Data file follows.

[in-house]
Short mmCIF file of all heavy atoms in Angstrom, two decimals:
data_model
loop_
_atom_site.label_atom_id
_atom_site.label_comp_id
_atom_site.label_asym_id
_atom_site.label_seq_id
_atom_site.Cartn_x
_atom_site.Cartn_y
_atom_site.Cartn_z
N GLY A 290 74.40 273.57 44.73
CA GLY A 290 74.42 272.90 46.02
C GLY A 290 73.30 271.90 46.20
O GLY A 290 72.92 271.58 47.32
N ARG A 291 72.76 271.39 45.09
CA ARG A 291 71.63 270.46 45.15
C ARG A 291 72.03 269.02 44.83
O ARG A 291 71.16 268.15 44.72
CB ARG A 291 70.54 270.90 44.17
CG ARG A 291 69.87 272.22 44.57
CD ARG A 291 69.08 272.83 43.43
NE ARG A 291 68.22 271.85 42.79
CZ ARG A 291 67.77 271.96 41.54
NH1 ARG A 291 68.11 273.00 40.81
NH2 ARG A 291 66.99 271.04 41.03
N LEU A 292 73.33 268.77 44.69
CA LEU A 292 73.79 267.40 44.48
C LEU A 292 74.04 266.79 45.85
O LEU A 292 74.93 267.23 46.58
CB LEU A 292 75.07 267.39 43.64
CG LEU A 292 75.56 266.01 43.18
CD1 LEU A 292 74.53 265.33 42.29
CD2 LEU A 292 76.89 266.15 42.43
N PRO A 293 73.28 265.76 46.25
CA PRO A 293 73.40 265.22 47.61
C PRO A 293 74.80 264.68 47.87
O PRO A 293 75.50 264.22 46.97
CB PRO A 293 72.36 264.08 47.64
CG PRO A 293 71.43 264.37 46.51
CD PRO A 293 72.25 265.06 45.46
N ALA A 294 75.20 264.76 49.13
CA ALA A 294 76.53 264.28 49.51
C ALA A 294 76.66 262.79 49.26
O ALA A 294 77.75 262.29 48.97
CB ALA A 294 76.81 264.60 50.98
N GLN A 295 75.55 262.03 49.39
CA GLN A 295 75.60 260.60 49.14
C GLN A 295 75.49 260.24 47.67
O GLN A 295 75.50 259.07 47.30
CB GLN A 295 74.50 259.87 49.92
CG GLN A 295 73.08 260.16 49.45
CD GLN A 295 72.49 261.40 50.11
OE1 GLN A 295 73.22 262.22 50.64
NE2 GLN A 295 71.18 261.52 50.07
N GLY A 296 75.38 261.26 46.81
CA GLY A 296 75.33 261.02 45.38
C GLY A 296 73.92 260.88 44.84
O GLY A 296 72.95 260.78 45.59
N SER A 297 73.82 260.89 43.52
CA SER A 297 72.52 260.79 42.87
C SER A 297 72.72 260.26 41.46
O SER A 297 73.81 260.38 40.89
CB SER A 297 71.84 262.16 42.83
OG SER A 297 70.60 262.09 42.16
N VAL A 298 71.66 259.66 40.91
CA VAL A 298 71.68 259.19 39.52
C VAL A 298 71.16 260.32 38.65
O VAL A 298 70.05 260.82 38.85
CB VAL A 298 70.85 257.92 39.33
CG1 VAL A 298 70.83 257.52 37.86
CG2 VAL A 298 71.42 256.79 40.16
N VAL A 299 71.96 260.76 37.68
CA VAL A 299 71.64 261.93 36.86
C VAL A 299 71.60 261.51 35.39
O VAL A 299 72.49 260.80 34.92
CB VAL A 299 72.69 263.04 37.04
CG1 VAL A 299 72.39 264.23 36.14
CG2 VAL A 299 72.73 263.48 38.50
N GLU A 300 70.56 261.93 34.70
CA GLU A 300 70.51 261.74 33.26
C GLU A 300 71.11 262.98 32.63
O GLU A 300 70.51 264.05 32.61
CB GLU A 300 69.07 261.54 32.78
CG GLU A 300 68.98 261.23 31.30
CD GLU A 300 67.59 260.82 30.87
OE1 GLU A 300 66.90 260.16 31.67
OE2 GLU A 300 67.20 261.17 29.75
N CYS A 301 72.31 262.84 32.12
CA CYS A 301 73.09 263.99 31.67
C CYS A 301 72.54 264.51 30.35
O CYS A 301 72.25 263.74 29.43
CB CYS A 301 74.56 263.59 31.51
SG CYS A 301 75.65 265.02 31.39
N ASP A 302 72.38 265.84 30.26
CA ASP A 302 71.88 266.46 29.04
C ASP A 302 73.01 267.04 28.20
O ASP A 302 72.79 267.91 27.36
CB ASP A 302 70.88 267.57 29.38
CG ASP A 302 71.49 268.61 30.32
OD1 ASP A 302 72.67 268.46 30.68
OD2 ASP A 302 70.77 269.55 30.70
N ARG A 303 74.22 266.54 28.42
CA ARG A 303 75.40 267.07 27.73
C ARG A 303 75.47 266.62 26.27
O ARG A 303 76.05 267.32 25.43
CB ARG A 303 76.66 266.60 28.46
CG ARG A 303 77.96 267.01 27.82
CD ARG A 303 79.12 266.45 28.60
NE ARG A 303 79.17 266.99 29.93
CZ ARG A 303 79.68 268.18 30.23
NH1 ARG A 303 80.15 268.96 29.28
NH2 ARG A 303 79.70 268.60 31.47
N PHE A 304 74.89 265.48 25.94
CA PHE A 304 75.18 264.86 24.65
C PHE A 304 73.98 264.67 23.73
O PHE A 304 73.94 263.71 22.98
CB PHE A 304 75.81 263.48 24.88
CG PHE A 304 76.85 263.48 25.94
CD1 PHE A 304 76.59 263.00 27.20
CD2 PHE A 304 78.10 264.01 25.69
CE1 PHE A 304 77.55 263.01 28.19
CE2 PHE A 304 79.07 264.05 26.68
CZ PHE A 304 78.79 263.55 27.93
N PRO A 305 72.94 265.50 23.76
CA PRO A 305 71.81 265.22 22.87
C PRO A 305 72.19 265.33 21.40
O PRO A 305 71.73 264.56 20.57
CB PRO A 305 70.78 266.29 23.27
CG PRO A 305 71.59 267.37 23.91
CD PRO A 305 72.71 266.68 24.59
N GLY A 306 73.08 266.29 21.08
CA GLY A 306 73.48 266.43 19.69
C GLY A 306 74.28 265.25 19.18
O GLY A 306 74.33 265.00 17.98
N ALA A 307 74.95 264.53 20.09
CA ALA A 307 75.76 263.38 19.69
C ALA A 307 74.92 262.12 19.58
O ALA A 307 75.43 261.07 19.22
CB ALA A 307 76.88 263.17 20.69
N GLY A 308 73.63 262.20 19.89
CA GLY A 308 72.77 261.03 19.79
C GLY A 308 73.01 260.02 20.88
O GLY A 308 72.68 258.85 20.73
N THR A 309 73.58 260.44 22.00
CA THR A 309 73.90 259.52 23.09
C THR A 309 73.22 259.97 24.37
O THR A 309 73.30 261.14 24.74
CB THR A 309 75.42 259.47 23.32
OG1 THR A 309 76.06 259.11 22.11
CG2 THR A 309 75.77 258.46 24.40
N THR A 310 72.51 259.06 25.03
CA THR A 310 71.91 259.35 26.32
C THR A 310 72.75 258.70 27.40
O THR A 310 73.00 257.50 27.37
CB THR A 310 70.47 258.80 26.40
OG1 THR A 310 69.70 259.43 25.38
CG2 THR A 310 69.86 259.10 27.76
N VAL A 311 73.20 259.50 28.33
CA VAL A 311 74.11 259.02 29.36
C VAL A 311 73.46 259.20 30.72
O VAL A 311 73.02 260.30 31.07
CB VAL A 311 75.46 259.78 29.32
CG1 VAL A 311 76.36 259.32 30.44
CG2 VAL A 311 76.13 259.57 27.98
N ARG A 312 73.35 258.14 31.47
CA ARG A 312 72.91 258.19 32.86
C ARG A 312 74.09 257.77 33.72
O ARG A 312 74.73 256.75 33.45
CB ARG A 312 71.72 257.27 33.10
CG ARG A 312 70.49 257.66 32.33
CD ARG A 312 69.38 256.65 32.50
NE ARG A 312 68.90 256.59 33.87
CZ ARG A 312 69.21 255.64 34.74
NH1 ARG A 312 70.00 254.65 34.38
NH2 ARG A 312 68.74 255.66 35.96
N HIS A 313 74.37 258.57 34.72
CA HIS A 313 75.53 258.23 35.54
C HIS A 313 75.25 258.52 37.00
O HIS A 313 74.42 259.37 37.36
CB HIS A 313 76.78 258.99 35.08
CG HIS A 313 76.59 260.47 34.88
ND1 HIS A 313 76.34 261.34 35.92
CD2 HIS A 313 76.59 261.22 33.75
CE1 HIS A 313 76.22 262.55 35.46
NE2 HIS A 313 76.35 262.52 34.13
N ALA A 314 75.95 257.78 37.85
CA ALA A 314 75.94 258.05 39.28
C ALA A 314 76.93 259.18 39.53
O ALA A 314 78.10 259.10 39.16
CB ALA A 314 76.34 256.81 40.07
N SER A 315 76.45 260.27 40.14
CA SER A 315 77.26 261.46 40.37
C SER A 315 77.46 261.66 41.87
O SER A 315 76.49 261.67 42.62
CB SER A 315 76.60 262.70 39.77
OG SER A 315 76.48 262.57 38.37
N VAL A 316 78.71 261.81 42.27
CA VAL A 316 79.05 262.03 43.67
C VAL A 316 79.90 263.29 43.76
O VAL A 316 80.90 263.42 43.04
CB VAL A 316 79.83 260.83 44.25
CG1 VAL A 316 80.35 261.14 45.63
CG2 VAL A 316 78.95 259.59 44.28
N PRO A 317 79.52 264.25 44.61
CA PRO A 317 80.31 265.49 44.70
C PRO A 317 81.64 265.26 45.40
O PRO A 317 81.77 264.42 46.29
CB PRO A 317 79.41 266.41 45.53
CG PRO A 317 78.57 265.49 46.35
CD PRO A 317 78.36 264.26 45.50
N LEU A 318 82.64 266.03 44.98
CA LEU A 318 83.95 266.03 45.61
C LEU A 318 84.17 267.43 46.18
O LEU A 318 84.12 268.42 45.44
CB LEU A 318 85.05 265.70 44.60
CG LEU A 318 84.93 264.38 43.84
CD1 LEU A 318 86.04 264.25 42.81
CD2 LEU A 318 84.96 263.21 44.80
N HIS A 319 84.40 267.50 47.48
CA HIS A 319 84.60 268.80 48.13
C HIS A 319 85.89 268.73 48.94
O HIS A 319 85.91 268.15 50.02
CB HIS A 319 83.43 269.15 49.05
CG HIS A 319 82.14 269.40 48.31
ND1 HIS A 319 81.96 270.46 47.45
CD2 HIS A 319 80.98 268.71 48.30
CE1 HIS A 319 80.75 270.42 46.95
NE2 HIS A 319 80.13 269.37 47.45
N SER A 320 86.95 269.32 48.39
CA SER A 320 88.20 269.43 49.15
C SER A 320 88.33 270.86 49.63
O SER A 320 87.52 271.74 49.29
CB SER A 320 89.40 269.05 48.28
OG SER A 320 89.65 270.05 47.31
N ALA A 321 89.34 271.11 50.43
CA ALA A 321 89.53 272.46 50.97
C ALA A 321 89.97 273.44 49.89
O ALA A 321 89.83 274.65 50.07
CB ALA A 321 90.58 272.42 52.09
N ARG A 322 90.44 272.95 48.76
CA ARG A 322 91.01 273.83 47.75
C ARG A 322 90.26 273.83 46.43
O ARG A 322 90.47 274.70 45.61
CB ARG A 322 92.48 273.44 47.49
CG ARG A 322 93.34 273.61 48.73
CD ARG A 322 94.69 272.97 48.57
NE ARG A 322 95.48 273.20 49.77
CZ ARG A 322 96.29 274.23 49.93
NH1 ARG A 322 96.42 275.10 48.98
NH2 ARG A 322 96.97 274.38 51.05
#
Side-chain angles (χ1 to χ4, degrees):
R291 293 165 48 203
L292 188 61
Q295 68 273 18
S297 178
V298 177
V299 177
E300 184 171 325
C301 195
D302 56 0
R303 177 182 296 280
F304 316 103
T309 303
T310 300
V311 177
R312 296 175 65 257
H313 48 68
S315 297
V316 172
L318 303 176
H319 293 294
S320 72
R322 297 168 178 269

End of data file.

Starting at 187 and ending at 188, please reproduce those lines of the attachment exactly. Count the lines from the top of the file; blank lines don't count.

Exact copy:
N ALA A 314 75.95 257.78 37.85
CA ALA A 314 75.94 258.05 39.28